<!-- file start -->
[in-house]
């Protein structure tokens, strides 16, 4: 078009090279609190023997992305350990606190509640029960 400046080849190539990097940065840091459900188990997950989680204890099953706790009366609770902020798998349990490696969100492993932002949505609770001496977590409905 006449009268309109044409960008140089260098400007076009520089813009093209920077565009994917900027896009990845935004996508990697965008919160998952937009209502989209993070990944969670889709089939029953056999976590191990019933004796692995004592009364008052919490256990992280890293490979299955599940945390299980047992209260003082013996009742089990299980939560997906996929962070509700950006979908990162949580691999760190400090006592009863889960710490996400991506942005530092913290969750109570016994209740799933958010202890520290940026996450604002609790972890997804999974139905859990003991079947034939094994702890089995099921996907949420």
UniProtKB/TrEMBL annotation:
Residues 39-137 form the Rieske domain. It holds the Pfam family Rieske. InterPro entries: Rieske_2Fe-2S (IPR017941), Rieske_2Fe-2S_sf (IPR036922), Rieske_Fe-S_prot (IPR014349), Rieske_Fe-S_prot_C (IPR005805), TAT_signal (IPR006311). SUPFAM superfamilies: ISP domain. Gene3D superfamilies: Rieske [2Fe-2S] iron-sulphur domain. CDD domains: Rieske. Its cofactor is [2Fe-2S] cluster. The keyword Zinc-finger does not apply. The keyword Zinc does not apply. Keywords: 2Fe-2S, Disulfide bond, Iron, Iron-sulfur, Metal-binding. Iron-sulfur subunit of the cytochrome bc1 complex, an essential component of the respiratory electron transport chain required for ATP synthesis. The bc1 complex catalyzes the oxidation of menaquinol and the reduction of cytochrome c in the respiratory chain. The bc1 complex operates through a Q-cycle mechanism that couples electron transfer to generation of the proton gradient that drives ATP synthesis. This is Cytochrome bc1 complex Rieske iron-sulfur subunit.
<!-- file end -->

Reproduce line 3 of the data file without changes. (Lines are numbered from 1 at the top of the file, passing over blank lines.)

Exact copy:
UniProtKB/TrEMBL annotation: